New vs. old guitar strings: Part 3 - The case for conditioning your guitar strings
What is production? Part 4: Mixing
Q: Can I use a low-pass filter to remove noise from my recording?
How much mastering does a Pink Floyd soundalike band need?
Recordings of speech by newly-starting Audio Masterclass students
Audio problems at the BBC - TV drama audiences can't understand what the actors are saying
What level of background noise is acceptable in a recording?
Exploring the MASSIVE headroom in your DAW
Recording acoustic guitar in stereo - should you use spaced or coincident mics?
Make your recordings richer with double tracking
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It’s cute and I want one! That was my reaction when I first saw the pre-release information on the Akai DPS12. There is no doubt that this little unit is a great advance in recording technology in two important ways. It is the first all-in-one hard disk recorder to be capable of twelve tracks. Also, those twelve tracks can be recorded directly onto removable media. These two points are so important that I could be tempted to remind you of them whenever I mention something bad about the DPS12. Yes there are a few niggles, but taken as a package - as we shall see - the Akai DPS12 right now is a must-have for virtually anyone in recording from bedroom amateur to seasoned pro. In addition to the recording features, the DPS12 has a 20-channel mixer of which twelve channels have physical faders and pan controls. EQ comes as standard and an effects board will be available as an optional extra later on. Another significant feature is Akai’s tremendous experience in hard disk recording systems. They always did seem to have a knack of squeezing more tracks out of a disk than almost anyone else, and they have proved again that they can go one step ahead of the competition. Let’s jump straight in and see what this little baby can do...
The Akai DPS12 (in the review version) offers an internally mounted Iomega Jaz drive. This is great because for one thing you don’t have a separate drive to connect, secondly the Jaz drive takes removable 1 gigabyte cartridges which cost around £60-£70 apiece depending on how carefully you source them. Jaz cartridges come preformatted for Mac or PC but the DPS12 uses its own format, naturally enough since twelve-track recording is rather different to the word processor and graphics files that most Jaz users will want to store. Rumour has it that removable hard disk cartridges are not the most permanent form of storage in the world unless treated with great care and Akai do recommend backing up, preferably to a magneto-optical drive via the external SCSI connector. You can also record to external drives, apparently up to 14 terabytes (enough for two and a half years of stereo recording - if you can afford the disks)!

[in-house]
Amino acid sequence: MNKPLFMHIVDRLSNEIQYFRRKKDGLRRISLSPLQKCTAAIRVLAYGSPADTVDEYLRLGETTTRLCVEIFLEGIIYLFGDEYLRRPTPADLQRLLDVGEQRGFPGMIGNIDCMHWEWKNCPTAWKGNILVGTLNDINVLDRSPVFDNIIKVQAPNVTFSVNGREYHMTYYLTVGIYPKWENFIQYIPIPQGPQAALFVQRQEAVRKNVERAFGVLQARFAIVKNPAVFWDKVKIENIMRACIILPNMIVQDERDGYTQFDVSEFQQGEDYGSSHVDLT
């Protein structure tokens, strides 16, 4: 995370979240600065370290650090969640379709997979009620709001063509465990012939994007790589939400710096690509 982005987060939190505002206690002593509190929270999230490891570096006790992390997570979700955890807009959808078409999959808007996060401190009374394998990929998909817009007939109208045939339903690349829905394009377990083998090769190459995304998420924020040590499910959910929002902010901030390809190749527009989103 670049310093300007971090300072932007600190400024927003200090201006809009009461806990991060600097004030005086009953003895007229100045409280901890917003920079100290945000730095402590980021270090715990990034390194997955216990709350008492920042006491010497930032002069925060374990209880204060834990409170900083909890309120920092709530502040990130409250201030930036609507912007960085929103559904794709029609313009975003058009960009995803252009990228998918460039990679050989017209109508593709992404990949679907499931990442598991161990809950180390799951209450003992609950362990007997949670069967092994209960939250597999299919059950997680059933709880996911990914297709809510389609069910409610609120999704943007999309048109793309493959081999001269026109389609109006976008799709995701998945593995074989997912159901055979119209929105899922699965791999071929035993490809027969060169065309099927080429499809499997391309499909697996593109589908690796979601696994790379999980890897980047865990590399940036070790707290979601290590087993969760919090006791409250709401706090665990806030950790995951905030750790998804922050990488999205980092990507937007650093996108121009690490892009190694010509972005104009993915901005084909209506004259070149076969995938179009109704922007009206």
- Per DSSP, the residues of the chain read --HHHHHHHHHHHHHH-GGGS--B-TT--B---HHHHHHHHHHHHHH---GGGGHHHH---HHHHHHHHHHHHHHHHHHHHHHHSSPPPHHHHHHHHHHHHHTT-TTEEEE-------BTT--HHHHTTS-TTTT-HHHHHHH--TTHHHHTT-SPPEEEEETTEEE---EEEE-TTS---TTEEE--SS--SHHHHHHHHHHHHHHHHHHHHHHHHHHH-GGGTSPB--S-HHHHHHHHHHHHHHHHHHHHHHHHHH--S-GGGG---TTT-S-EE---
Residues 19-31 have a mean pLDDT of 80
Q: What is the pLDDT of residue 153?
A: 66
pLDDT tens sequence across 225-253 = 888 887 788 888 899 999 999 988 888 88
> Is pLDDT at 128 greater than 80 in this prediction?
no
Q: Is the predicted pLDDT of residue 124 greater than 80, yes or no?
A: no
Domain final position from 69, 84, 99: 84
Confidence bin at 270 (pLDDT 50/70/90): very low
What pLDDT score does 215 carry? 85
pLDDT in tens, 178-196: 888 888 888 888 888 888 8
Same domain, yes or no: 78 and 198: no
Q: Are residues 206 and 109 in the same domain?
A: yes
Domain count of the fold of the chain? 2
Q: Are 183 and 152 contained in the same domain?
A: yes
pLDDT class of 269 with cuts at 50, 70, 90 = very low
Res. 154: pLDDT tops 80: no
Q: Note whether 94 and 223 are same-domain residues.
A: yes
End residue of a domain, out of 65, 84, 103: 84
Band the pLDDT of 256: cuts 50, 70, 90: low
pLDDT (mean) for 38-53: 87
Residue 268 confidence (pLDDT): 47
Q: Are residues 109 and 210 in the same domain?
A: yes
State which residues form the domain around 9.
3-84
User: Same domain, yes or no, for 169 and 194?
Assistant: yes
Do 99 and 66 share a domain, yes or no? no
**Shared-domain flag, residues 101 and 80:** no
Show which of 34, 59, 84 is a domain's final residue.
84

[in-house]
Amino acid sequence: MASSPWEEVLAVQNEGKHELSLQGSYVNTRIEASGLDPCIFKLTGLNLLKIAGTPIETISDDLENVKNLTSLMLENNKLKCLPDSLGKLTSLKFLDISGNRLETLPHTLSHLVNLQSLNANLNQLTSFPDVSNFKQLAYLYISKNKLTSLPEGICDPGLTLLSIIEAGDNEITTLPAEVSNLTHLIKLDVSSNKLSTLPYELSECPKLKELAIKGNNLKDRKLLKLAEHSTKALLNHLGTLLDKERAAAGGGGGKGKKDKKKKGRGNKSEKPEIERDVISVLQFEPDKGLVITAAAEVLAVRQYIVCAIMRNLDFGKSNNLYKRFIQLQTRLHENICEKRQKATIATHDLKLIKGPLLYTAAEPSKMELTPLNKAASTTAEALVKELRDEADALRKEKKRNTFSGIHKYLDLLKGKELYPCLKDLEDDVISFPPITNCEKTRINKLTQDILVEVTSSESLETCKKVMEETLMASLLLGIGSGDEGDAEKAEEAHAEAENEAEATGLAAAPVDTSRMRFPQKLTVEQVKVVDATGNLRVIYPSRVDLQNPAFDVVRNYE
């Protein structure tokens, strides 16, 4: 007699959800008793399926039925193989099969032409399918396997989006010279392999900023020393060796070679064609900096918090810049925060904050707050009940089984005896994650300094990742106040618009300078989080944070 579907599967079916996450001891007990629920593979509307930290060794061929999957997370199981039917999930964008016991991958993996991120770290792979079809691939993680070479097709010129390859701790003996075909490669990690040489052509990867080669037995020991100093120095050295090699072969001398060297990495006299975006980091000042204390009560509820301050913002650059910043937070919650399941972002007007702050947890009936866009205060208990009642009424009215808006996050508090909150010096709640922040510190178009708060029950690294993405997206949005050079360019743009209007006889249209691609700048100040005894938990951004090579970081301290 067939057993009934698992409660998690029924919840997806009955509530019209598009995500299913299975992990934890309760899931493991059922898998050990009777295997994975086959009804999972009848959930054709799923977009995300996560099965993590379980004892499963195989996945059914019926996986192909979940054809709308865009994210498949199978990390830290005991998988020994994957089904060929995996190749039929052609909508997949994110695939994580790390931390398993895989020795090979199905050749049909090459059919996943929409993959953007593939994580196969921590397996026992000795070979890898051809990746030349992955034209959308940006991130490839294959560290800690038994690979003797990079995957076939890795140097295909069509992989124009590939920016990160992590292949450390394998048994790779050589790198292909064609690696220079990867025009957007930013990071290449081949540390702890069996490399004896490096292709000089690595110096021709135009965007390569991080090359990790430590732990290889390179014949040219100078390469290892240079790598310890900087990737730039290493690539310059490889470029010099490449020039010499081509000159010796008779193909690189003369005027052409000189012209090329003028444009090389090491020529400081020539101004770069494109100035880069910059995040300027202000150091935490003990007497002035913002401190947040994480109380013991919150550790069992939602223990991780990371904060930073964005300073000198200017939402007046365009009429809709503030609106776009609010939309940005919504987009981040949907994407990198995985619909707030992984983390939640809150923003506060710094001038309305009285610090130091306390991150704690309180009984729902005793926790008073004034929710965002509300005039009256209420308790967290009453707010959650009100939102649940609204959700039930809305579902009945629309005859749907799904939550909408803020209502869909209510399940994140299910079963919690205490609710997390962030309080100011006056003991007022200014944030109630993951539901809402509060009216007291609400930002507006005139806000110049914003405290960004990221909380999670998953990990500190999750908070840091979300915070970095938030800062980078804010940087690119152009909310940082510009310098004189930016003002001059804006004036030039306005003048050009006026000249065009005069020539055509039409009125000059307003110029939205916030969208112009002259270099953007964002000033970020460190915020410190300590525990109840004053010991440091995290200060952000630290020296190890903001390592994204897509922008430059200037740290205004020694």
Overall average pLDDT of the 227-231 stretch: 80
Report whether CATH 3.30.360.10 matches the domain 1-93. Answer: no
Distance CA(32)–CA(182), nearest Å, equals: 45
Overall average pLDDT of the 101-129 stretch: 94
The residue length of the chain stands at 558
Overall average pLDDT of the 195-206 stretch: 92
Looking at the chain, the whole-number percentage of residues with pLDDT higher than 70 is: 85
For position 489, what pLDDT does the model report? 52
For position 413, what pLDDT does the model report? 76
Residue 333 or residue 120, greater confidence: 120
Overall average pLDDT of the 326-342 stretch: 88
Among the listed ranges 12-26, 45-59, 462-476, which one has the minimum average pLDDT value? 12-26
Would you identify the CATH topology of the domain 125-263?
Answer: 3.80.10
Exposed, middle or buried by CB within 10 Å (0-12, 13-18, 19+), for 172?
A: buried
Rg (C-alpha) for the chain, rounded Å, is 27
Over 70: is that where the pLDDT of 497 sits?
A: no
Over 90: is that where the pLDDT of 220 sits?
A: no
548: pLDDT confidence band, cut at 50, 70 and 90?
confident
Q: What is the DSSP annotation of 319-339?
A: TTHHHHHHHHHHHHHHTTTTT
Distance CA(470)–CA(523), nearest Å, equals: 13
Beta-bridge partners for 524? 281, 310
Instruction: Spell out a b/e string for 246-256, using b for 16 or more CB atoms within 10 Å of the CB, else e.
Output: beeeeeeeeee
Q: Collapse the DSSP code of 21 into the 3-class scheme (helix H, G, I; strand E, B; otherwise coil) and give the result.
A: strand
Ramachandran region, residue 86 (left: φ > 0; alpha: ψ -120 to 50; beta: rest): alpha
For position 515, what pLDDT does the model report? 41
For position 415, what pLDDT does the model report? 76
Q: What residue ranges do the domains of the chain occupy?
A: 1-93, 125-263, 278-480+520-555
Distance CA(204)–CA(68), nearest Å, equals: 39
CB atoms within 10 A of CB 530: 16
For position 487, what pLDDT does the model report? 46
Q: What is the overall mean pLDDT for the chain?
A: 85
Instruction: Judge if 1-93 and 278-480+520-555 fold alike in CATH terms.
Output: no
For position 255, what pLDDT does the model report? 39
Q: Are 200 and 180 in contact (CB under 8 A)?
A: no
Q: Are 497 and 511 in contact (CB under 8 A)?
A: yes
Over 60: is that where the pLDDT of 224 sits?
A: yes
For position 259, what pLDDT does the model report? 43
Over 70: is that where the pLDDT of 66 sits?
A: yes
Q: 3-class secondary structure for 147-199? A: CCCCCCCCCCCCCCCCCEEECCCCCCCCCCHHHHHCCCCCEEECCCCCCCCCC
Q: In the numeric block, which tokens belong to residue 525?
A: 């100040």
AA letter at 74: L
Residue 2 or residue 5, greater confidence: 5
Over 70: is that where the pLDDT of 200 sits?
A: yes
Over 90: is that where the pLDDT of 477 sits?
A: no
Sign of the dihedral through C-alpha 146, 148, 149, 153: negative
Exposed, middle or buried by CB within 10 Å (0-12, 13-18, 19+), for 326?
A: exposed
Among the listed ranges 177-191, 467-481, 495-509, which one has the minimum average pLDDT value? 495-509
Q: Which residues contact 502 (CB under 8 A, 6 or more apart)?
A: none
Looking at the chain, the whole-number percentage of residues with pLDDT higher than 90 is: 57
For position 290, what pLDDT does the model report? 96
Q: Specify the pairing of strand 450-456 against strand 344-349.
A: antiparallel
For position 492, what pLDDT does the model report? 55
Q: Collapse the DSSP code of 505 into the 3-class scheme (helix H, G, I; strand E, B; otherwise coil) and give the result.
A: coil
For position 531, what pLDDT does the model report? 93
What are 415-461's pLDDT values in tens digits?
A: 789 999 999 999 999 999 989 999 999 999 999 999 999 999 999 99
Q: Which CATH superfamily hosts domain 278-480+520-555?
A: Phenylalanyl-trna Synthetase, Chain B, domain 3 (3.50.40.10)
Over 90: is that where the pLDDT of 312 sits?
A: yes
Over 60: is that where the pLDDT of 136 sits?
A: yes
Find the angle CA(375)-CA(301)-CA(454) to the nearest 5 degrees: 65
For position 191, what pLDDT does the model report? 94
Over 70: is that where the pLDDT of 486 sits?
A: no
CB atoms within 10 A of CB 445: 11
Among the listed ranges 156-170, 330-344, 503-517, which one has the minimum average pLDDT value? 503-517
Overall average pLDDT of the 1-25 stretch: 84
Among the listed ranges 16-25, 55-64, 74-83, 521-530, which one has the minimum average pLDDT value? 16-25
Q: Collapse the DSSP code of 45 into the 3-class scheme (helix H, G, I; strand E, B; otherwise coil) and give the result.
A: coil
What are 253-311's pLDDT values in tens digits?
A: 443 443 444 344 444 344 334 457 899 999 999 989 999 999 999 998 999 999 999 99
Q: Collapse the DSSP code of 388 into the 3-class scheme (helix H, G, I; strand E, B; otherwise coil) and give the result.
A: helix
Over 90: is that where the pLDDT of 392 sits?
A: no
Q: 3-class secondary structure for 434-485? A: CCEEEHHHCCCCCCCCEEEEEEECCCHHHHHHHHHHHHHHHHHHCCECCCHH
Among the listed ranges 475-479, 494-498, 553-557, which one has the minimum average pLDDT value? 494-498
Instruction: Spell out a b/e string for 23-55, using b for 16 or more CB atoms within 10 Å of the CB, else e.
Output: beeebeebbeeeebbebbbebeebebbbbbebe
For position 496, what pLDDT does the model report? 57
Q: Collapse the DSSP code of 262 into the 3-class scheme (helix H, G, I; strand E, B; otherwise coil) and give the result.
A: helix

Recordings are organised on disk in the form of Projects. A Project contains audio, mixer data and locate points (the locator, by the way, is very easy to use). The manual doesn't say how may projects can be stored on a single disk but I got up to twenty before I decided that I had more than enough value for my gigabyte. A single twelve track project at 44.1kHz sampling rate would allow just over sixteen minutes of recording time. Since disk space is dynamically allocated, if not all the tracks were used for their full duration then the total start-to-end recording time could be more. If you use the virtual tracks feature, where up to 250 additional tracks can be stored on disk (but not played until allocated to a 'real’ track) as alternative takes perhaps, then you might expect the disk to fill up more quickly
Quite naturally the question arises whether the DPS12 actually can record twelve tracks reliably. In tape recorders you never have to worry about this since each track is given its own space on the tape, but in any disk recording system there is always a compromise between how many tracks can be obtained reliably and how widely the data is scattered on the disk primarily because of editing, but also due to the order in which different sections of each track are recorded. Needless to say, Akai have done their homework and I couldn’t fault the DPS12 in normal use.